Completing this unit should take you approximately 2 hours.

      • Unit 5: Software Requirements Analysis

        Requirements elicitation requires the software engineer to interact with the stakeholder including customer users,to gather information about what the software system needs to do. In this unit, we examine the software engineer's activities to elicit, to analyze (or translate), to validate and to manage this phase of the life cycle in working with the customer to achieve a common understanding of the customer's goals. This set of activities is referred to as analysis and focuses on what the application will do, whereas design describes how the application will work. There are many ways to elicit and analyze customer requirements. As you learned, the three most commonly used methodologies are data-oriented, process-oriented, and object-oriented. In this unit, we will drive deeper and examine the conceptual foundations, activities, and deliverables underlying each of these methodologies applicable to software requirements and analysis.

        As you review the material in this unit, spend some time on the object-oriented methodology as it applies to software requirements and analysis. You will be applying this in a later unit to put it all together in a case study.

        Completing this unit should take you approximately 7 hours.

      • Unit 6: Software Design

        After requirements and analysis, a software engineer must transform the analysis model into a design model that can be implemented in a specific hardware and software environment. In this unit, we will discuss the principles of design and architecture design. Just as there are various methodologies for requirements analysis, we will drill down from the analysis model to the design model following the three corresponding methodologies (data-oriented, process-oriented, and object-oriented).

        As you review the material in this unit, spend some time on the object-oriented methodology as it applies to software design. You will be applying this in a later unit to put it all together in a case study.

        Completing this unit should take you approximately 9 hours.

      • Unit 7: Implementation

        Implementation, also known as programming or coding, is the process of using a programming language to convert specified requirements into software source code and later into compiled code for execution. Programmers can use automated tools to convert design requirements into code.

        Sometimes, vendors are subcontracted to develop all or part of the software, and even the hardware that it will run on, according to specified requirements. In these situations, vendors will bid on the subcontract by providing a proposal.

        Completing this unit should take you approximately 3 hours.

      • Unit 8: Software Testing

        Testing is the process of finding errors and is one of the last activities in the software life cycle. In testing, we look to validate that software requirements analysis, software design, and software implementation mesh together correctly to deliver a software system that performs as expected, functionally and non-functionally.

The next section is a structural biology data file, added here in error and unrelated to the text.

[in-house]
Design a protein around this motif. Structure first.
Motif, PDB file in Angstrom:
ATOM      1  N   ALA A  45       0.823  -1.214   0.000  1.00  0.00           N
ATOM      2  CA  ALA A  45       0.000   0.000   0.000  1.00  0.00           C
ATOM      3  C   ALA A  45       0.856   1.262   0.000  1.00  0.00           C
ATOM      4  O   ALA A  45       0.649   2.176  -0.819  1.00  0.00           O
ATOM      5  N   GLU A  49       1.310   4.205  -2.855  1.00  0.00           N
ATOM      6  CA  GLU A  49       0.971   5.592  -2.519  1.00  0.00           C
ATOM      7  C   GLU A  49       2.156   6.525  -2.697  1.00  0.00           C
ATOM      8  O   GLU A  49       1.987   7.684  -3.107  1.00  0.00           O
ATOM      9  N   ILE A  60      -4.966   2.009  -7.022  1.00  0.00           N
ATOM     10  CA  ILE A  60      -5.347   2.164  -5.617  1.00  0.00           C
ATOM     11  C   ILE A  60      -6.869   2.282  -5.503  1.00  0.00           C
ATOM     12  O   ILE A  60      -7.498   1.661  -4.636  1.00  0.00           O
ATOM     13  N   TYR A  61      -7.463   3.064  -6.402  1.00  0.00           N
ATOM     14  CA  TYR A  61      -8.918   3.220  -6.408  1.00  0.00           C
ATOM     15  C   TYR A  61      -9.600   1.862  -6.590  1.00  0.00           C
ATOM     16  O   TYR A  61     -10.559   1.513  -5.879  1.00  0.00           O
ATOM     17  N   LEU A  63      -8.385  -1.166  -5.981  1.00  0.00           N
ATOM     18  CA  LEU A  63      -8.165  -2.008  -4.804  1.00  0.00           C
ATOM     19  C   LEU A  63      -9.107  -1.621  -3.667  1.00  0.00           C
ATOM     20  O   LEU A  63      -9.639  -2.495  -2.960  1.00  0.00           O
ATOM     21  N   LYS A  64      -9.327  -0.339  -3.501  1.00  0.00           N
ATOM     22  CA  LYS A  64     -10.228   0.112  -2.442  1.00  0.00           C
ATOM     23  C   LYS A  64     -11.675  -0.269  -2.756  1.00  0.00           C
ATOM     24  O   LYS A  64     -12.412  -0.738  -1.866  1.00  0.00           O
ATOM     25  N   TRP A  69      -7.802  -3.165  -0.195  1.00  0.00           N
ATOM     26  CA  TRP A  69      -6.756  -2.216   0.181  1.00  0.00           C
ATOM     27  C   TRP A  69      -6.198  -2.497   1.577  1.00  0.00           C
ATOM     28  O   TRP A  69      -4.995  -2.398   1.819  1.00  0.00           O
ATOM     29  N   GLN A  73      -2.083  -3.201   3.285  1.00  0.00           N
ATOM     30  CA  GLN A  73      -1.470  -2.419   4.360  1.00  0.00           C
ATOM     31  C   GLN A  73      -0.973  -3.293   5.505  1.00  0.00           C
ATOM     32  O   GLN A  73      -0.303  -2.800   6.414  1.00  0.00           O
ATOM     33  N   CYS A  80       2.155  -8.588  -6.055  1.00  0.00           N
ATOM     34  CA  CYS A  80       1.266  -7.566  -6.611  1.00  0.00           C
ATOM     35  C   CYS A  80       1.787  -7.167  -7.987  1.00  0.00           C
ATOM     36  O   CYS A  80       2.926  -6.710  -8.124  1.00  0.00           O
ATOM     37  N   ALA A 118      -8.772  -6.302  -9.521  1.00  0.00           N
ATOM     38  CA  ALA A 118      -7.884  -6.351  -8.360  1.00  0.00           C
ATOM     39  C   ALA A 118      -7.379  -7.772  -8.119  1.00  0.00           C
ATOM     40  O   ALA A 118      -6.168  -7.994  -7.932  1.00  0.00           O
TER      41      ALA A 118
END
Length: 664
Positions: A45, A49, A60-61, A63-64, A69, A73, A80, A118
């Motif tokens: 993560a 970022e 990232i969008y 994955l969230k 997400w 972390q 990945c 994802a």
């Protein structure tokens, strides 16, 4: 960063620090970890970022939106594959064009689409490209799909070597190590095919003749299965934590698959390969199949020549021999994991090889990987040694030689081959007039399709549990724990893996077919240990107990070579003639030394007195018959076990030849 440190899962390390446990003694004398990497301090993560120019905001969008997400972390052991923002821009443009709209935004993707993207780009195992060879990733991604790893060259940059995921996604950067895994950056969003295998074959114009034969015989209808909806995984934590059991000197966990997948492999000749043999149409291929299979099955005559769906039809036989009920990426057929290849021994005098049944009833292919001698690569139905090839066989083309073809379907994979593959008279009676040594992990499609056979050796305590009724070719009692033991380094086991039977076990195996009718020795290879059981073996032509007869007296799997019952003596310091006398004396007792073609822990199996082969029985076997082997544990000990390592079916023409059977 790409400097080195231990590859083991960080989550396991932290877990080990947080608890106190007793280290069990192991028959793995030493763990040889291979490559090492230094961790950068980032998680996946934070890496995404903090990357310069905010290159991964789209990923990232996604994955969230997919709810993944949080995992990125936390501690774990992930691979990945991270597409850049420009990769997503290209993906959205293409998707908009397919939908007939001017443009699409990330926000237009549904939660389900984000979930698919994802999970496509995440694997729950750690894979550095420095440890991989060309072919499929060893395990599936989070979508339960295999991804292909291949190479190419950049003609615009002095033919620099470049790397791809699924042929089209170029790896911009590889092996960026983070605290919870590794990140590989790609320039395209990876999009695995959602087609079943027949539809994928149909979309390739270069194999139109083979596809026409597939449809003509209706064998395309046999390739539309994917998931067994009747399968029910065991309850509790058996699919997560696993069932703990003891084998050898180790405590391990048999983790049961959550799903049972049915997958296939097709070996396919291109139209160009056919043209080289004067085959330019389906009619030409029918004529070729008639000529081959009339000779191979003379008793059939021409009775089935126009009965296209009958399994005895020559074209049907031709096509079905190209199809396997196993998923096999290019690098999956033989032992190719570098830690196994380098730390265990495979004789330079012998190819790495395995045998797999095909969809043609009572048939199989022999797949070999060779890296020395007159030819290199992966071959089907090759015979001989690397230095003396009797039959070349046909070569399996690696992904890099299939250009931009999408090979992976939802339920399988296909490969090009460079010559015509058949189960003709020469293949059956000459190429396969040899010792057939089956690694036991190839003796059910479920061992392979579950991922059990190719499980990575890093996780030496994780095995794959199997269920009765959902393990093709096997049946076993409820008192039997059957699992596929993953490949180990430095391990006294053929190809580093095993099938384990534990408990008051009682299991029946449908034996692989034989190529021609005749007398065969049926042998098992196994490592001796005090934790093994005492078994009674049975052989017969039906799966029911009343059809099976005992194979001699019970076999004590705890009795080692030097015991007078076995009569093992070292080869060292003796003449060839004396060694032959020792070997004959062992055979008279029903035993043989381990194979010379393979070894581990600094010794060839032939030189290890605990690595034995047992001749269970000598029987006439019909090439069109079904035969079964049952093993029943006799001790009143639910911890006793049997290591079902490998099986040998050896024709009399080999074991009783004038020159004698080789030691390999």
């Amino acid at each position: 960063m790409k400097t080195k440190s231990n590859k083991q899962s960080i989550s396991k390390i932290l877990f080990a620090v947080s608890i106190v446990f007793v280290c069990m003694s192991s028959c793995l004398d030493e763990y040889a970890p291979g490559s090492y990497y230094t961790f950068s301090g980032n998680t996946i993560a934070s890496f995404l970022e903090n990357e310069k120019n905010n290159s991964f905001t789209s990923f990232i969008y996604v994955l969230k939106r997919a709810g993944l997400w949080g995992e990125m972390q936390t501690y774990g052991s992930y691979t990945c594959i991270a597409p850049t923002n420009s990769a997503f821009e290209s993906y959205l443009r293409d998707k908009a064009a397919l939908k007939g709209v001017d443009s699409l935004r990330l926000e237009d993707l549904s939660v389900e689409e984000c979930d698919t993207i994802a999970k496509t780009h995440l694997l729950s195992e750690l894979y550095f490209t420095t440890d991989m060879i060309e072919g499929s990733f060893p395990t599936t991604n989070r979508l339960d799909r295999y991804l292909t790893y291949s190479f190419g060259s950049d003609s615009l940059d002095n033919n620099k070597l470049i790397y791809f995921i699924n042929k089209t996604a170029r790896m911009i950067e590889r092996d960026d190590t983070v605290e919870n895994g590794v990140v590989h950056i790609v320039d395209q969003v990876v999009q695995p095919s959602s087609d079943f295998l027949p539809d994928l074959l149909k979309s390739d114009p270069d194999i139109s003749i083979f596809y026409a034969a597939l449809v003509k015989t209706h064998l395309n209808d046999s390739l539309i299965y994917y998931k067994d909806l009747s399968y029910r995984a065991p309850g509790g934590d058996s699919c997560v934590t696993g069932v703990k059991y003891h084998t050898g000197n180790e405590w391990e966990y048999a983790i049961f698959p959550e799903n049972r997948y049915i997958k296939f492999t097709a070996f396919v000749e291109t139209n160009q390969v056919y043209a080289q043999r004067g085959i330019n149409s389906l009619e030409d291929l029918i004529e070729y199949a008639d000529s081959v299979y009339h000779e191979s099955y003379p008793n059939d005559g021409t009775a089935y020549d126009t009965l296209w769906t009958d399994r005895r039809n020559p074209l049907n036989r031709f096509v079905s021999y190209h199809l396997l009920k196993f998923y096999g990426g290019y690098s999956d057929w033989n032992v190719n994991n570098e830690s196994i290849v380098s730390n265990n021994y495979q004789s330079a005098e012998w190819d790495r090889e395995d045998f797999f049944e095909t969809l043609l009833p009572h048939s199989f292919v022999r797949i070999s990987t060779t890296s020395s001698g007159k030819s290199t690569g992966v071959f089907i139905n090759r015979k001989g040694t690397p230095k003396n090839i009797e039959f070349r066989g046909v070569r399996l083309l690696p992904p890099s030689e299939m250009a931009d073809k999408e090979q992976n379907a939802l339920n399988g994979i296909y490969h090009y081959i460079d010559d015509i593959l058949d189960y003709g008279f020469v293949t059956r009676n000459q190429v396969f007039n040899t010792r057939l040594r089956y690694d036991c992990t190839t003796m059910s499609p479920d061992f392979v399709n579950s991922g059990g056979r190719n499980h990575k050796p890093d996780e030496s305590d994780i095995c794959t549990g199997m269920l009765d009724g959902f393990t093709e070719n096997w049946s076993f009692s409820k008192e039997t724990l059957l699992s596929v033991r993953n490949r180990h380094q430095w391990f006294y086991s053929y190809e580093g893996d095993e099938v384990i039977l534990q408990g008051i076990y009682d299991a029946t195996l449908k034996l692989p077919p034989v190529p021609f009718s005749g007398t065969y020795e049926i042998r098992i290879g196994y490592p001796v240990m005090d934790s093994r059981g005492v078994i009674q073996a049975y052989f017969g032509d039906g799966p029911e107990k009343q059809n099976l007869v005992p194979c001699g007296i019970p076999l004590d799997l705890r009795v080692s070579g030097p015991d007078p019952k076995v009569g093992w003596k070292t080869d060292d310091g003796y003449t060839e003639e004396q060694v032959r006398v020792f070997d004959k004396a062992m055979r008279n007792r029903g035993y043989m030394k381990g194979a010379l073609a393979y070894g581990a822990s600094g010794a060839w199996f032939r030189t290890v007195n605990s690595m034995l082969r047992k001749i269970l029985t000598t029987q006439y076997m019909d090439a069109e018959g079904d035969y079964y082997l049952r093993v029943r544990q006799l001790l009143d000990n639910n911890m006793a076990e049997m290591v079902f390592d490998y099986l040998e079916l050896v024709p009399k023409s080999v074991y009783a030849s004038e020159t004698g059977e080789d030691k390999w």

As you review this unit, note the three levels of test plan: unit, integration, and system. Each of these levels of test plan assures the quality of the overall software from varying levels of granularity. In your own practice as a software engineer, be sure to incorporate these levels of testing as this is the last stop before the software goes out the door representing your professional work and code of ethics.

        Completing this unit should take you approximately 3 hours.

      • Unit 9: Project Management

        Project management in a software engineering environment is unique because of the technical aspects of a software project. The project manager's role is different from that of the software engineer's. While software engineers are generally accountable for the technical aspects of a project, the project manager is accountable for organizational aspects.

        As you review the materials of the unit, try to connect this unit with what you have already learned about the software development life cycle. You will see that the success of an SDLC depends on people, process and product. Project management is the glue that holds these aspects together.

        Completing this unit should take you approximately 3 hours.

      • Unit 10: Putting It Together: A Case Study

        This unit pulls together the object-oriented methodology in software requirements analysis (from Unit 5) and software design (from Unit 6). You will apply UML to demonstrate your understanding of the software development life cycle given a set of user requirements. You will also have the opportunity to apply software testing to assess the quality of your work.

        Completing this unit should take you approximately 6 hours.

      • Study Guides

        These study guides will help you get ready for the final exam. They discuss the key topics in each unit, walk through the learning outcomes, and list important vocabulary terms. They are not meant to replace the course materials!

      • Course Feedback Survey

        Please take a few minutes to give us feedback about this course. We appreciate your feedback, whether you completed the whole course or even just a few resources. Your feedback will help us make our courses better, and we use your feedback each time we make updates to our courses.

        If you come across any urgent problems, email contact@saylor.org or post in our discussion forum.

      • Certificate Final Exam

        Take this exam if you want to earn a free Course Completion Certificate.

        To receive a free Course Completion Certificate, you will need to earn a grade of 70% or higher on this final exam. Your grade for the exam will be calculated as soon as you complete it. If you do not pass the exam on your first try, you can take it again as many times as you want, with a 7-day waiting period between each attempt.

        Once you pass this final exam, you will be awarded a free Course Completion Certificate.